Please use this identifier to cite or link to this item: http://www.alice.cnptia.embrapa.br/alice/handle/doc/1150140
Title: How Do Nutritional Warnings Work on Commercial Products?
Authors: ALCANTARA, M. DE
ARES, G.
DELIZA, R.
Affiliation: MARCELA DE ALCANTARA, PDJ-CNPQ; GASTÓN ARES, Universidad de la República, Pando, Uruguay; ROSIRES DELIZA, CTAA.
Date Issued: 2022
Citation: Frontiers in Nutrition, v. 9, n. 921515, p. 1-10, 2022.
Description: A large body of evidence assessing the effectiveness of front-of-package (FOP) nutrition labeling exists. Most experimental studies have been conducted with fictitious products. However, consumers? perception depends on several products extrinsic factors such as brand. Understanding how strong brand associations influence the effectiveness of FOP nutrition labeling schemes may be crucial to informing policymaking. In this context, the aim of this work was to evaluate the effect of five different variants of nutritional warnings labels (black magnifier, red magnifier, black octagon, black triangle, and red circle) on consumers? choice of commercial products, compared with two FOP nutrition labeling schemes: the guidelines daily amounts (GDAs) system and the traffic light system (TLS). An online randomized controlled trial with 1,932 participants was used to evaluate the effect of FOP nutrition labeling on participants? choices in eight sets of three commercial products, available in the Brazilian marketplace. A multinomial logistic regression model was used to evaluate the influence of FOP nutrition labeling on participants? likelihood of selecting the different products in the choice task. Results showed that nutritional warnings and the TLS significantly increased the likelihood of selecting none of the products instead of the least healthful product, or a healthier product, in at least one of the product categories compared with the GDA. Warnings tended to have a larger effect, suggesting their potential to encourage healthier food choices.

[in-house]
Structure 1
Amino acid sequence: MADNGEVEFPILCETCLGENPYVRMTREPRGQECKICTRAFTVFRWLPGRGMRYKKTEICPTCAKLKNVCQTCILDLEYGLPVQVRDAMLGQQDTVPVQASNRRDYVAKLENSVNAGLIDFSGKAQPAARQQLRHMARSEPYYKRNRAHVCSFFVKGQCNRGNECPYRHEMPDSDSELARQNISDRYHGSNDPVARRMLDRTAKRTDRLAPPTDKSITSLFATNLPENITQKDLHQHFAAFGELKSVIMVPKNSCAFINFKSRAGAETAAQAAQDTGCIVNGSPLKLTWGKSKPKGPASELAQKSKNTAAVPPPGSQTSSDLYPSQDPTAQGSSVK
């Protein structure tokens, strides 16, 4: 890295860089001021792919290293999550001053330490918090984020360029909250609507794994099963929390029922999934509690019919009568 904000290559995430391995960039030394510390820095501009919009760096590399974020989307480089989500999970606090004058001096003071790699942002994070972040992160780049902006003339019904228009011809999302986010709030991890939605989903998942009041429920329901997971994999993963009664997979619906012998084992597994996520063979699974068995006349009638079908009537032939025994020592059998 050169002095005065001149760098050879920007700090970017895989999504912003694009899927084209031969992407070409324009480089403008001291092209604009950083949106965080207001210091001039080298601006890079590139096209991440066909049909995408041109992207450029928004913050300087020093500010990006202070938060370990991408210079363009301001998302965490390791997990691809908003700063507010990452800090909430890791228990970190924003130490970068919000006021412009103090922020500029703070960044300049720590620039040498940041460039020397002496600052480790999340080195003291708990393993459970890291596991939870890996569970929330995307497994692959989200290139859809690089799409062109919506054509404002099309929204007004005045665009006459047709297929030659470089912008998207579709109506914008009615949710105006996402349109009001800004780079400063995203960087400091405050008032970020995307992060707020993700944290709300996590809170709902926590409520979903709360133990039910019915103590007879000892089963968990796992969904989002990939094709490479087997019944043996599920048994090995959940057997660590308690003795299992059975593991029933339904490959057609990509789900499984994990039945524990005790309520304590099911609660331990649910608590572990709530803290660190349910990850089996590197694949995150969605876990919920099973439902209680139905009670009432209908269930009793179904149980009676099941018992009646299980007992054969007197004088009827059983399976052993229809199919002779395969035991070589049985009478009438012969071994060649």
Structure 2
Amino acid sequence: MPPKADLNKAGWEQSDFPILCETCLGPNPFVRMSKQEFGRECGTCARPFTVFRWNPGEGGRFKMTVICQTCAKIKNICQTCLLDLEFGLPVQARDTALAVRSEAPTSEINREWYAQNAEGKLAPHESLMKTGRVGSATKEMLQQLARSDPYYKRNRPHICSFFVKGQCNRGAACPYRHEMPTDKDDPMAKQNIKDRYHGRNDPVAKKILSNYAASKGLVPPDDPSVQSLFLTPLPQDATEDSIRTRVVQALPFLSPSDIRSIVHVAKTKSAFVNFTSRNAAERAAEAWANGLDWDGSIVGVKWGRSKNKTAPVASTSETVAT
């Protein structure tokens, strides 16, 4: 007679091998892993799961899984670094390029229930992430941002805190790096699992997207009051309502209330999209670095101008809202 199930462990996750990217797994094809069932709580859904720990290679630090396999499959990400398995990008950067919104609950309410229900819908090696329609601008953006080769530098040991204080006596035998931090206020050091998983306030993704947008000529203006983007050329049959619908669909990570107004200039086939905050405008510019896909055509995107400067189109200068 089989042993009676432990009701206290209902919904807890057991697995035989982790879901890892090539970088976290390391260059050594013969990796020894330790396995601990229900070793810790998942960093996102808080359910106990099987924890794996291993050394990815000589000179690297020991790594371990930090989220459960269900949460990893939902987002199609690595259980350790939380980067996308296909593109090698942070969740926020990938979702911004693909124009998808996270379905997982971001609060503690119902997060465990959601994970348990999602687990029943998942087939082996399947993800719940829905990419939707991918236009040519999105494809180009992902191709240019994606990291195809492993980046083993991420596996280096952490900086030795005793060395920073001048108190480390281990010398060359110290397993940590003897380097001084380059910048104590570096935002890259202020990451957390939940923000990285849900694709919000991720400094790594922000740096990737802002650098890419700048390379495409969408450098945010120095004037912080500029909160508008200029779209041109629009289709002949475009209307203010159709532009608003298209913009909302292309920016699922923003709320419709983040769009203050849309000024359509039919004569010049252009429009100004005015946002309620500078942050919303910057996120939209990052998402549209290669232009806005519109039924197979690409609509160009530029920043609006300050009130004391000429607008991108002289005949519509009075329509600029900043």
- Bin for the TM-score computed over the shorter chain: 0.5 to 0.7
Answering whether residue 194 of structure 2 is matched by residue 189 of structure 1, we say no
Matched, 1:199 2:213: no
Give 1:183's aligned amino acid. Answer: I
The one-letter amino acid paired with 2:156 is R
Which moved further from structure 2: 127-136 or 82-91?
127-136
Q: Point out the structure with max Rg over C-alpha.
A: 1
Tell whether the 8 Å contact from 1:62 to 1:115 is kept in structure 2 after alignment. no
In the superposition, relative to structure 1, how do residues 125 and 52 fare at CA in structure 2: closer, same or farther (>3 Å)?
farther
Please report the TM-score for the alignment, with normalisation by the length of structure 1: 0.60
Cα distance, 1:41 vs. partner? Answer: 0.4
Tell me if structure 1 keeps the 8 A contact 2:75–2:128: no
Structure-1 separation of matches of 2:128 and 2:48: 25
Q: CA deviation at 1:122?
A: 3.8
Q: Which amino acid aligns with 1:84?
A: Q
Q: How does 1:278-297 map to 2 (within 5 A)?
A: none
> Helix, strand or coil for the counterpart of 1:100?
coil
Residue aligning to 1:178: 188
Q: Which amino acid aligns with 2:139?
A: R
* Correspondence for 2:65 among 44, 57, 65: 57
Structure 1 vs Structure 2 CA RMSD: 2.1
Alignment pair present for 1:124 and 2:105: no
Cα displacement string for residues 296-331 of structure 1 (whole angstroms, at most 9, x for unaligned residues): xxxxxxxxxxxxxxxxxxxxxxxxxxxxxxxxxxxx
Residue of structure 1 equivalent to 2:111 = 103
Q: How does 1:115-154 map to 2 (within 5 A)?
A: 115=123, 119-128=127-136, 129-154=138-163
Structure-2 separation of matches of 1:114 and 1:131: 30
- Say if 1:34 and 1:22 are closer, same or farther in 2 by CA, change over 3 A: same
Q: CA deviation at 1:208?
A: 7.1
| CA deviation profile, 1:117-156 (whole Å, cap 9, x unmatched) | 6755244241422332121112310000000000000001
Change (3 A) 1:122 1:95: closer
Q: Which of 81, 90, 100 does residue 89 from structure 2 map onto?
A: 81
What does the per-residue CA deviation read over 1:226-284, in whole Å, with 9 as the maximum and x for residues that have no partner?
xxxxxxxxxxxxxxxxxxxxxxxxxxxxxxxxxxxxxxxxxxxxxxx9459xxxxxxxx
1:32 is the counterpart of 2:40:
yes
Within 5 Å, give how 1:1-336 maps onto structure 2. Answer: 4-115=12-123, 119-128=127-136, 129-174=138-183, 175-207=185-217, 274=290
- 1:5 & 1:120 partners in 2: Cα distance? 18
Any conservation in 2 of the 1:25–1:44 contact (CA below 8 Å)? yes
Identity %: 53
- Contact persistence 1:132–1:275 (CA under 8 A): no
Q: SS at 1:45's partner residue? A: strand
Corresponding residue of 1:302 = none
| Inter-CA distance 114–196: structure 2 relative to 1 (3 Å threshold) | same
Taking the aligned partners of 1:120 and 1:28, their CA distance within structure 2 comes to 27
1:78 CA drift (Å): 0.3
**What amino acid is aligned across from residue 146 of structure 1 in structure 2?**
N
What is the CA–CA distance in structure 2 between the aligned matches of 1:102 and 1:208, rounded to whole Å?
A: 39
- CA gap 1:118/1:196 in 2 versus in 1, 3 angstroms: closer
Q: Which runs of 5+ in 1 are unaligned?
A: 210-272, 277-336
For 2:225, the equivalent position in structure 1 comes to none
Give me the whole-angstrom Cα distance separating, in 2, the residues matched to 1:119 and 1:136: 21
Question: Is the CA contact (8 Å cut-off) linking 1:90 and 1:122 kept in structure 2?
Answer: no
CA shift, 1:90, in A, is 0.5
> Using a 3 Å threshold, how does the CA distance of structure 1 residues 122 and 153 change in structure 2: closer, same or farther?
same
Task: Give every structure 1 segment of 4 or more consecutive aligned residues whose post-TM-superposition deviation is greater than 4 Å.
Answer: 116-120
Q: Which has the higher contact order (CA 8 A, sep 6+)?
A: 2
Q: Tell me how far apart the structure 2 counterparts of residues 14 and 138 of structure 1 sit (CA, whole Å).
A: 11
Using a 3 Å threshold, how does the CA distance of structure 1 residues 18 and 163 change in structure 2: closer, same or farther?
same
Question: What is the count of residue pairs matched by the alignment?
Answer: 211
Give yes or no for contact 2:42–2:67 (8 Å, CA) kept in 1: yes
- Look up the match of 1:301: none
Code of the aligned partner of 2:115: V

Keywords: Nutritional warning commercial products brand consumers? perception food choice
Language: Ingles
DOI: 10.3389/fnut.2022.921515
Type of Material: Artigo de periódico
Access: openAccess
Appears in Collections:Artigo em periódico indexado (CTAA)


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